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Amnesty stages Oslo Pussy Riot protest

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Amnesty stages Oslo Pussy Riot protest
Photo: Anette Karlsen/Scanpix
13:56 CEST+02:00
The Norway branch of Amnesty International has delivered a petition containing 12,500 signatures to the Russian embassy in Oslo in support of the activist punk group Pussy Riot, who were found guilty of hooliganism by a Moscow court on Friday.

Some 50 to 60 demonstrators wearing brightly coloured improvised balaclavas gathered in front of the embassy at lunchtime, just before the verdict was announced.

Three Pussy Riot band members faced charges of hooliganism motivated by religious hatred after reciting an anti-Vladimir Putin “punk prayer” in a Moscow cathedral in February.

Amnesty Norway’s secretary general, John Peder Egenæs, said he was not at all surprised by the guilty verdict.

“The script in this case has been written by the power brokers in the Kremlin. It was important for them to set an example,” he said.

"I'm here to show my support for Pussy Riot," demonstrator Atma Andersson told broadcaster NRK's website.

"Unless we cast light on this, the Russian authorities will just keep locking people up in violation of freedom of expression. I'm afraid a lot more people will go to prison for this. Hopefully the attention will make a positive contribution."

The three band members Maria Alyokhina, Nadezhda Tolokonnikova and Yekaterina Samutsevich were sentenced on Friday afternoon to two years each in prison.

Backed by celebrities and human rights groups, activists across Europe demonstrated their support on Friday for the three women.

Rallies for Pussy Riot also took place in London, Kiev, Sofia, Barcelona, Brussels and Paris before the verdict was announced.

They bolstered appeals from former Beatles star Paul McCartney, pop icon Madonna and a 10,000 person petition gathered by Amnesty International attacking Russian President Vladimir Putin's growing crackdown on dissent.

In London, around 50 people gathered at the Royal Court theatre.

The theatre staged a mini-play entitled "Pussy Riots, the final verdict", where actresses repeated the three women's arguments during the trial.

In Kiev, dressed only in shorts and boots, Inna Shevchenko, with "Free Riot" written above her bare breasts, used a chain saw to cut down a towering wooden cross erected in memory of the victims of Stalin's repression.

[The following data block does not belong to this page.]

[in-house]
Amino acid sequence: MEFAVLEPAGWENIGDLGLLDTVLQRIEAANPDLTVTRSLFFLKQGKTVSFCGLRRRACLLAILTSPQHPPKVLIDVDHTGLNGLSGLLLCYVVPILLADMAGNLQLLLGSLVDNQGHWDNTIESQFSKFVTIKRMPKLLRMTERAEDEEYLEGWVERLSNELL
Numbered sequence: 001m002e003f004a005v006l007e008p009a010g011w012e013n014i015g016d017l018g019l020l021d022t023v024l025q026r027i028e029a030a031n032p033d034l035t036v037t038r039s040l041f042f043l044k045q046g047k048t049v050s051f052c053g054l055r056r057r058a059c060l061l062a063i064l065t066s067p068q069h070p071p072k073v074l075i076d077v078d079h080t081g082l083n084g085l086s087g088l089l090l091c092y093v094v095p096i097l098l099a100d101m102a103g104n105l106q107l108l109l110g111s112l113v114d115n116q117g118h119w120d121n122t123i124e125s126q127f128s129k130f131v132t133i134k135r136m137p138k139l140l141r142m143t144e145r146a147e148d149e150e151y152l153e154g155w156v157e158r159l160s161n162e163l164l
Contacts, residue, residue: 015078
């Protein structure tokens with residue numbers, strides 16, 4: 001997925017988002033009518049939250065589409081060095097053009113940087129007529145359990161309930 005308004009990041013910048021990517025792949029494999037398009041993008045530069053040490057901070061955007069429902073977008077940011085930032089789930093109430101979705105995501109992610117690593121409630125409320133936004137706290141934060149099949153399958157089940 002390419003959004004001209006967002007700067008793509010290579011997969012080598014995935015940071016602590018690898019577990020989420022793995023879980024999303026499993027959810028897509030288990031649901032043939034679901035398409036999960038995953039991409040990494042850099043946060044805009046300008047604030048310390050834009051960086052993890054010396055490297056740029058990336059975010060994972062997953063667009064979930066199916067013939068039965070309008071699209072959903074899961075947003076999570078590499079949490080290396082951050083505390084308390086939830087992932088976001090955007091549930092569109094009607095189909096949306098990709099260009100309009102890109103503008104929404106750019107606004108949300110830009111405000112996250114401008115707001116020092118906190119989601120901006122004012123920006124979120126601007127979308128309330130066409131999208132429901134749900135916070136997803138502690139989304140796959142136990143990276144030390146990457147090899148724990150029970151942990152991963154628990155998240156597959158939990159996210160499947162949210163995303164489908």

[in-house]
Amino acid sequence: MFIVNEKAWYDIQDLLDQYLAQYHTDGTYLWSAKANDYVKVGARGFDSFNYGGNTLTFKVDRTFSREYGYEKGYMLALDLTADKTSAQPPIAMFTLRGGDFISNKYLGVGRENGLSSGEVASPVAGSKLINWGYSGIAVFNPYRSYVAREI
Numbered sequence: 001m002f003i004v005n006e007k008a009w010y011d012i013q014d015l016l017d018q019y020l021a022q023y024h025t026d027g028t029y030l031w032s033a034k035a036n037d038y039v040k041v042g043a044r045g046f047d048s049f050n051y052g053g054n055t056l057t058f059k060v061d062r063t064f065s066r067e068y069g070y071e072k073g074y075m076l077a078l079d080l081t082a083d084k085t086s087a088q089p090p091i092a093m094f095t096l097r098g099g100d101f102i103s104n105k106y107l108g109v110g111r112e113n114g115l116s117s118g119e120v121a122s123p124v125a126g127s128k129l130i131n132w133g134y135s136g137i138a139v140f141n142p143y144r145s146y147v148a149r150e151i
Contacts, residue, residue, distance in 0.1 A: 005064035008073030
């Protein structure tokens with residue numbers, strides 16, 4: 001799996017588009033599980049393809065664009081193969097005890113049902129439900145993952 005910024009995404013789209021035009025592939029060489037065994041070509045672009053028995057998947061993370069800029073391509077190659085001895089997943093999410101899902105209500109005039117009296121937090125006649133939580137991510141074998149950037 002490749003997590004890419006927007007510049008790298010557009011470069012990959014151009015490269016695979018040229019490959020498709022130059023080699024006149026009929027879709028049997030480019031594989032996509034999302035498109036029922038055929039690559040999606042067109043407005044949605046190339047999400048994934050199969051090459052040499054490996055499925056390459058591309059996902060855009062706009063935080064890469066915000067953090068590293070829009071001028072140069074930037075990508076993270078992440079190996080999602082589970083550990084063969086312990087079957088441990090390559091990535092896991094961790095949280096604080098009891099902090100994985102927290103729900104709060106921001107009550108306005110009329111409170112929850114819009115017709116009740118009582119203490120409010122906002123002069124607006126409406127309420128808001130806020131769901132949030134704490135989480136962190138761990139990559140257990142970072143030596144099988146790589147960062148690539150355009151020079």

Her group Femen "expresses its support and solidarity with its Russian colleagues from the Pussy Riot band the day of the verdict" against them, the group known for topless protests said on its blog.

In Bulgaria, Sofia's Soviet army monument got a brief new facelift Friday morning when Pussy Riot supporters decorated its soldiers with the band's trademark coloured balaclavas.

"Pussy Riot are an inspirational symbol of the fight for democracy in Russia," the activists behind the stunt said in a message emailed to AFP.

"The whole international community, including Bulgarian authorities support them against the attempts of the regime to shut their mouths," the protestors said.

The monument's decoration was removed almost immediately.

But activists gathered later Friday outside the Russian embassy in Sofia to wait for the verdicts in the trial, wearing the same masks together with signs saying: "We all are Pussy Riot."

In Spain, about 50 young protesters, many of them punk music followers, rallied outside Barcelona's emblematic Sagrada Familia church to decry the detention and trial of the Russian group.

"Freedom for Pussy Riot," they chanted outside Antoni Gaudi's world-renowned masterpiece, an as-yet unfinished basilica that was consecrated by Pope Benedict XVI in 2010.

"This is very serious in the context not only of what is happening in Russia but also in Europe where liberalism is advancing to the detriment of democracy," said one protester, Anna Ruiz.

"I am not a fan or a follower of Pussy Riot but I am here because I am on holiday and to condemn repression, said an 18-year-old student from Saint Petersburg called Katia, carrying a banner with a photo of a Pussy Riot member.

In Brussels, 50 people summoned by the Belgian branch of the human rights group Amnesty International gathered near the Russian embassy.

The protesters shouted: "Set them free. We have come to defend freedom of expression." Others carried portraits of Putin, who appeared with heavy make-up and was renamed for the occasion as "Vladimir Pussy".

In Paris, a protest drew around 200 people, including some young women wearing the coloured balaclavas.

"We are all Pussy Riots," said one of the women, Flore Breto, as she stood near a protester brandishing a sign with the slogan "free the friends, jail Putin!"

Earlier this week, four masked activists staged a brief pro-band protest in Vienna's Russian Orthodox church while Canadian electro-punk performance artist Peaches posted a video on line in which she called for Putin to be lynched.

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